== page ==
Frederick II., on mounting the throne, gave up the gigantic soldiers of his father, brought their discipline within reasonable limits, and kept up the mélange of countrymen and strangers, which composed his army; he could do no otherwise, for the population of the kingdom of Prussia, only amounting at the time of his accession to the throne to 3,000,000 inhabitants, the army kept up by his father was in itself an effort, and to conquer Silesia at the expense of Austria, he was obliged to augment his effective force. He soon raised it to 100,000 and 120,000 men: during the course of the Seven Years' War it even amounted to 200,000 men, In consequence of the great number of strangers enrolled for life which it contained, the Prussian army could only be formed into a regular machine by the pressure of severe discipline. And so Frederick II. kept up the strictness of his father: he also took every possible measure to prevent the desertion, which decimated the army, and had its source in the system of foreign recruiting, which procured him that complement of troops which the population of his states could not furnish him.
On the death of Frederick II., the whole strength of the Prussian army amounted to about 200,000 men, costing about 10,000,000 thalers per annum, or 50 thalers per man, proving with what economy the administration of the Prussian army was carried on. The fourth king of Prussia, Frederick William II., entered France in 1792, at the head of 66,000 men, penetrated into Champagne, and took Verdun ; but defeated by Dumouriez at Valmy, he was compelled to retreat. This monarch greatly improved the condition of the Prussian soldiers, and at his death the army was increased to 235,000 men (182,000 infantry, 41,000 cavalry, 12,000 artillery). Frederick William III., who mounted the throne in 1797, maintained the strictest neutrality during the wars of the French revolution; but in 1806 he could not resist the torrent of opinion, and consequently declared war against France. Prussia at that time had an army of 250,000 men, proud of its military reputation, and remembering with pride that the great king, in his will, had called it "an army educated for victory." It was, however, badly commanded, and utterly defeated in the battles of Jena and Auerstädt. The following year (1807) the treaty of Tilsit stripped the King of Prussia of half his territory, and reduced his army to 40,000 men. In 1809 a commission, presided over by Prince William, was charged with the organisation of the Prussian
army. So successful were its labours, that, in 1813, Prussia could bring into the field, during the War of Liberation, nearly 250,000 men.. The new organisation given to the Prussian troops by Frederick William III. was accepted by the population of Prussia without a murmur, this being more especially due to the moment of its introduction, for at that period the very existence of the country was at stake; and during the forty odd years that it has been in use, it has passed into the manners of the people and become national, although no great war has as yet set the seal upon its value. This result is most praiseworthy for the Prussians; for, assuredly, the military burdens weigh upon them more than they did previously. In 1854 the Prussian army was made up as follows:
INFANTRY.-The Prussian infantry is composed of (a) the regular troops, consisting of 4 regiments of the guards, and 1 reserve regiment; 1 battalion of chasseurs of the guard, and 1 of rifles of the guard; 32 line and 8 reserve regiments; 8 combined reserved and 8 chasseur battalions; or, altogether, 144 battalions. (b) The Landwehr: 4 guard Landwehr regiments of the 1st levy; 32 provincial Landwehr regiments of the 1st levy; 8 Landwehr battalions of the reserve regiments of the 1st levy; 116 battalions of the 2nd levy; or, altogether, 232 battalions.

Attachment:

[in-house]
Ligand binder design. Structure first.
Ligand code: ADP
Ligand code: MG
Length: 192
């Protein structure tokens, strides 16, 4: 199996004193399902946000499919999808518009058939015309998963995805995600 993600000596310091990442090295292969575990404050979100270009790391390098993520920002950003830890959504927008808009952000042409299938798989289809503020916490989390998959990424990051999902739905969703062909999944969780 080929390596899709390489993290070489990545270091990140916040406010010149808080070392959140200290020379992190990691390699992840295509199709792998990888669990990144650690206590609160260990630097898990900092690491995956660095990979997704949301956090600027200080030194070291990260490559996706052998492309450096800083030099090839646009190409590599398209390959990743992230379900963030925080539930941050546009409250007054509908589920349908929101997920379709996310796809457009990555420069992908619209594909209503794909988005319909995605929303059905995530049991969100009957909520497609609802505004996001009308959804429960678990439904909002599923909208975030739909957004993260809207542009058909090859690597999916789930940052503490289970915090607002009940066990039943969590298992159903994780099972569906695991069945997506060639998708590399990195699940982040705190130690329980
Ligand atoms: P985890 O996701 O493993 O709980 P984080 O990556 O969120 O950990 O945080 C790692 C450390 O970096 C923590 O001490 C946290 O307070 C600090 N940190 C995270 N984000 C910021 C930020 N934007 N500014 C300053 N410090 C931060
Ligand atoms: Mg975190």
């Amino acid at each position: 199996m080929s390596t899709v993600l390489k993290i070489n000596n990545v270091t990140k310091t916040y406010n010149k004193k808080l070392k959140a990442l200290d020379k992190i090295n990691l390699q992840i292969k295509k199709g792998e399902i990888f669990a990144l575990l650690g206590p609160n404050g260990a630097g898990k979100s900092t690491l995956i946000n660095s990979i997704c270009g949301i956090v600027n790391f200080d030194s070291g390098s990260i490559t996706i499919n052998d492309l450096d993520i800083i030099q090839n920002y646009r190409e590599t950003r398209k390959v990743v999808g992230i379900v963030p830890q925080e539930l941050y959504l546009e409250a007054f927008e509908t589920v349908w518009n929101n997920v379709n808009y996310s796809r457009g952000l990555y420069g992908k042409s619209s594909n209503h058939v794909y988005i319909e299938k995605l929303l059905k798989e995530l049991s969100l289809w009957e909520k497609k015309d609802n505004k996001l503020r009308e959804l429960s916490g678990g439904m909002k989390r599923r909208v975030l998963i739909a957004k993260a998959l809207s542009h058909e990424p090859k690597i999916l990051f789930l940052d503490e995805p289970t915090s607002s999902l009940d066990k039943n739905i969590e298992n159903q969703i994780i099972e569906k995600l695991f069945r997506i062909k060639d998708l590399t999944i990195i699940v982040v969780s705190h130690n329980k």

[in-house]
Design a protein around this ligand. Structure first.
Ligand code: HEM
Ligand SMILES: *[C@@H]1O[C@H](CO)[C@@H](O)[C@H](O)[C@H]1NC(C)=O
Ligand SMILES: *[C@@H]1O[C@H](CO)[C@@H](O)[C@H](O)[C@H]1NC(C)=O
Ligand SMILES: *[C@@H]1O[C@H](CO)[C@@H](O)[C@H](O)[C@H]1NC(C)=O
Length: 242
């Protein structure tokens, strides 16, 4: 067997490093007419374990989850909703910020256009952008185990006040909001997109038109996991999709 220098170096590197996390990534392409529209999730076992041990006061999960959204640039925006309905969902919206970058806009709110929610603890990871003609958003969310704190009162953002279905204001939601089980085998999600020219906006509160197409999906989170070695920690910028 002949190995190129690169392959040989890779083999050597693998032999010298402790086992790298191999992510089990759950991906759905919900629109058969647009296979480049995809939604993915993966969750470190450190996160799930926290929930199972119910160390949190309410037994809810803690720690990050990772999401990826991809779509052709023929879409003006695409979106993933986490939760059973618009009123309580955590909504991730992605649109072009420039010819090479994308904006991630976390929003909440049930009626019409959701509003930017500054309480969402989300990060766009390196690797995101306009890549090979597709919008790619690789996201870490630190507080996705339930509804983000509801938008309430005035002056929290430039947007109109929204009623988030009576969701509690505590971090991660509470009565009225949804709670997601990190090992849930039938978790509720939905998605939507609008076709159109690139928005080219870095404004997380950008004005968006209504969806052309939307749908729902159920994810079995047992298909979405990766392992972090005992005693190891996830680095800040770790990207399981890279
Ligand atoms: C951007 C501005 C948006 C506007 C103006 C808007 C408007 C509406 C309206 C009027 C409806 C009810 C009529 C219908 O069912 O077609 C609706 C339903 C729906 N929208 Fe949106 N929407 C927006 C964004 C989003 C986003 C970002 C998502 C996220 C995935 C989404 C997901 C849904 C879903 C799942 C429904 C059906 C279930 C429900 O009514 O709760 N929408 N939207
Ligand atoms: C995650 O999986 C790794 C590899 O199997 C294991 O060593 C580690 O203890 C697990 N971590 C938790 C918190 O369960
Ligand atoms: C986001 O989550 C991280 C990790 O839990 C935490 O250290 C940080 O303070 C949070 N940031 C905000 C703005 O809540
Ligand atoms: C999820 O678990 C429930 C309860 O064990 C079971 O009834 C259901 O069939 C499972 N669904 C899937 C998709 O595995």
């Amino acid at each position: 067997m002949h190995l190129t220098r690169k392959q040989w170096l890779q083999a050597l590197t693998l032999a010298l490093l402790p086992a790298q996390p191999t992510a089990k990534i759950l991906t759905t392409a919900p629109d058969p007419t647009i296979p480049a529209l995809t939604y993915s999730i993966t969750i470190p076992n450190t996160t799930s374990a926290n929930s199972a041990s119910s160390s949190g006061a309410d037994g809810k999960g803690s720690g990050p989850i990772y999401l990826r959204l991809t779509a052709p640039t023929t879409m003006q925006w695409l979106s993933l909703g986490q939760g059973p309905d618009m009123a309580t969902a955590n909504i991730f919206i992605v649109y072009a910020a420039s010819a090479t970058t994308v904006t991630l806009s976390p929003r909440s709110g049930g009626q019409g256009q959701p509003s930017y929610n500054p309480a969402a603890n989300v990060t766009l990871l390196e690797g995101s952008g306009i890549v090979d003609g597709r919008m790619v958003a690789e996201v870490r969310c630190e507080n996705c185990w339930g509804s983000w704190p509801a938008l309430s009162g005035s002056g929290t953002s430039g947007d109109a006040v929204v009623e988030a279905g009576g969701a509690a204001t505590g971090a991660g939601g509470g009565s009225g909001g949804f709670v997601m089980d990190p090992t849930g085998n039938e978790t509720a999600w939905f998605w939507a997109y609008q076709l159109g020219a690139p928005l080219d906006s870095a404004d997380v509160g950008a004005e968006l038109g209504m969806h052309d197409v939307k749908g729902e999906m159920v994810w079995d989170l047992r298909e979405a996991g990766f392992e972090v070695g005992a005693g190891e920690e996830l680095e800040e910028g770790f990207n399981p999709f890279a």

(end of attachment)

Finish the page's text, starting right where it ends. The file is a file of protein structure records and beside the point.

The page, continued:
Line and Landwehr consequently amount to 376 battalions, each composed of 1002 men, including 81 under officers, and 120 corporals, and 18 non-effectives. As a portion of the battalions are reserved for the defence of the fortresses, &c., Prussia can only bring into the field 228 battalions. Altogether, however, Prussia has 228 field-battalions of 228,400 men; 60 battalions (reserved) of 60,000 men; 21⁄2 supplemental battalions of 1200 men; and 116 Landwehr battalions of the 2nd levy, amounting to 82,900 men.
The entire strength of the Prussian infantry may, consequently, be estimated at 372,000 men.
The troops are armed with muskets and bayonets, and about oneseventh carry Minié rifles. All the fusilier battalions and the regiments of the guard, or about 42,000 men, are armed with the light percussion or needle-gun; 10 chasseur battalions, amounting to 10,000 men, with Thouvenin's chasseur rifle; and finally, all the musketeer battalions with the new pattern percussion musket.
2. CAVALRY. (a) Permanent Troops: 6 guard and 32 cavalry line regiments; among them 10 cuirassier regiments (1 garde du corps, 1 cuirassier of the guard, and 8 cuirassier), 5 dragoon regiments (1 of the guard), 13 hussar regiments (1 of the guard), and 10 uhlan regiments (1 of the guard).
(b) Landwehr: 2 guard and 32 provincial Landwehr cavalry regiments (2 guard, 8 heavy, 12 hussars, 8 uhlan regiments, 8 squadrons—one to each reserve regiment) = 136 squadrons of the 1st levy.
Each cavalry regiment is 741 strong, with 702 horses (without officers). A Landwehr regiment contains only 602 horses.
In addition to the reserve squadrons, 55 newly-formed depôt squadrons, with 6350 horses, are detached for garrison duty. Of the Landwehr cavalry, 2nd levy, 104 squadrons of 120 horses can be called out, and, consequently, the line cavalry will amount to 38 regiments, or 152 squadrons with 26,700 horses; the Landwehr cavalry, 1st levy, to 34 regiments, or 136 squadrons with 20,500 horses; the remaining reserve,